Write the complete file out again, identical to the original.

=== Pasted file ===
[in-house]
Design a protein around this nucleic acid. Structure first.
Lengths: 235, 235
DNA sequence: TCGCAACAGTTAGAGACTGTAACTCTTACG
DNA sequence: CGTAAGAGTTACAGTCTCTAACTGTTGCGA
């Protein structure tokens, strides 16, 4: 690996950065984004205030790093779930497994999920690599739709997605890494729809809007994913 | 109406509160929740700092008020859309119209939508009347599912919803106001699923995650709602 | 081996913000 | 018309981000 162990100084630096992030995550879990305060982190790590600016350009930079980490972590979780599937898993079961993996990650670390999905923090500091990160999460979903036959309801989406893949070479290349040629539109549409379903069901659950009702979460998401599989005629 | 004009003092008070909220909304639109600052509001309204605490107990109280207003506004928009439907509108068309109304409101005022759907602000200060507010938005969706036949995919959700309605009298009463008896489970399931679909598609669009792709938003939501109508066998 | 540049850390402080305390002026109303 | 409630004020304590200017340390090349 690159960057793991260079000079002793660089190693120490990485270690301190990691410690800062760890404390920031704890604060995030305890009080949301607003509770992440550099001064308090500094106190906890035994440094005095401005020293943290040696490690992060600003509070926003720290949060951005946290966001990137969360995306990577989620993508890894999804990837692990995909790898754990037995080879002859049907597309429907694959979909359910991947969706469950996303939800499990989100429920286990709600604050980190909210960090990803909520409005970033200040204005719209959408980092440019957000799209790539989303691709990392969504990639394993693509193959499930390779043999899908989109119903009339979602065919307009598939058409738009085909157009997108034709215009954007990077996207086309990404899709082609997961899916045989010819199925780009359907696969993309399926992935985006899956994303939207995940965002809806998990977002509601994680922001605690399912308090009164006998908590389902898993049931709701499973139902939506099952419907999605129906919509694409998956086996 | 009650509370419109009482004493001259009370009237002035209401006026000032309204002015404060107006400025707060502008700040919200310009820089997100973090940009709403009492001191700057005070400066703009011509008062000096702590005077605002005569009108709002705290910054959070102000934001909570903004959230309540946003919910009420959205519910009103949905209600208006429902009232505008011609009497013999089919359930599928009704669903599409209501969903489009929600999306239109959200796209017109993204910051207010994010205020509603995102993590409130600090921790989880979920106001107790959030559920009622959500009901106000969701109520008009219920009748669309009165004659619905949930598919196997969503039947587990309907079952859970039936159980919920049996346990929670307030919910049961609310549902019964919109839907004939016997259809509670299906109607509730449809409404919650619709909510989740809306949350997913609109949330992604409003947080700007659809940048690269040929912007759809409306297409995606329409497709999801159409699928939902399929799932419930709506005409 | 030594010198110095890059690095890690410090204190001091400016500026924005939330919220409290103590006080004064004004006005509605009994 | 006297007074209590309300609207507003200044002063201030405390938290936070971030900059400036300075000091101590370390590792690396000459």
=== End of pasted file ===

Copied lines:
[in-house]
Design a protein around this nucleic acid. Structure first.
Lengths: 235, 235
DNA sequence: TCGCAACAGTTAGAGACTGTAACTCTTACG
DNA sequence: CGTAAGAGTTACAGTCTCTAACTGTTGCGA
């Protein structure tokens, strides 16, 4: 690996950065984004205030790093779930497994999920690599739709997605890494729809809007994913 | 109406509160929740700092008020859309119209939508009347599912919803106001699923995650709602 | 081996913000 | 018309981000 162990100084630096992030995550879990305060982190790590600016350009930079980490972590979780599937898993079961993996990650670390999905923090500091990160999460979903036959309801989406893949070479290349040629539109549409379903069901659950009702979460998401599989005629 | 004009003092008070909220909304639109600052509001309204605490107990109280207003506004928009439907509108068309109304409101005022759907602000200060507010938005969706036949995919959700309605009298009463008896489970399931679909598609669009792709938003939501109508066998 | 540049850390402080305390002026109303 | 409630004020304590200017340390090349 690159960057793991260079000079002793660089190693120490990485270690301190990691410690800062760890404390920031704890604060995030305890009080949301607003509770992440550099001064308090500094106190906890035994440094005095401005020293943290040696490690992060600003509070926003720290949060951005946290966001990137969360995306990577989620993508890894999804990837692990995909790898754990037995080879002859049907597309429907694959979909359910991947969706469950996303939800499990989100429920286990709600604050980190909210960090990803909520409005970033200040204005719209959408980092440019957000799209790539989303691709990392969504990639394993693509193959499930390779043999899908989109119903009339979602065919307009598939058409738009085909157009997108034709215009954007990077996207086309990404899709082609997961899916045989010819199925780009359907696969993309399926992935985006899956994303939207995940965002809806998990977002509601994680922001605690399912308090009164006998908590389902898993049931709701499973139902939506099952419907999605129906919509694409998956086996 | 009650509370419109009482004493001259009370009237002035209401006026000032309204002015404060107006400025707060502008700040919200310009820089997100973090940009709403009492001191700057005070400066703009011509008062000096702590005077605002005569009108709002705290910054959070102000934001909570903004959230309540946003919910009420959205519910009103949905209600208006429902009232505008011609009497013999089919359930599928009704669903599409209501969903489009929600999306239109959200796209017109993204910051207010994010205020509603995102993590409130600090921790989880979920106001107790959030559920009622959500009901106000969701109520008009219920009748669309009165004659619905949930598919196997969503039947587990309907079952859970039936159980919920049996346990929670307030919910049961609310549902019964919109839907004939016997259809509670299906109607509730449809409404919650619709909510989740809306949350997913609109949330992604409003947080700007659809940048690269040929912007759809409306297409995606329409497709999801159409699928939902399929799932419930709506005409 | 030594010198110095890059690095890690410090204190001091400016500026924005939330919220409290103590006080004064004004006005509605009994 | 006297007074209590309300609207507003200044002063201030405390938290936070971030900059400036300075000091101590370390590792690396000459």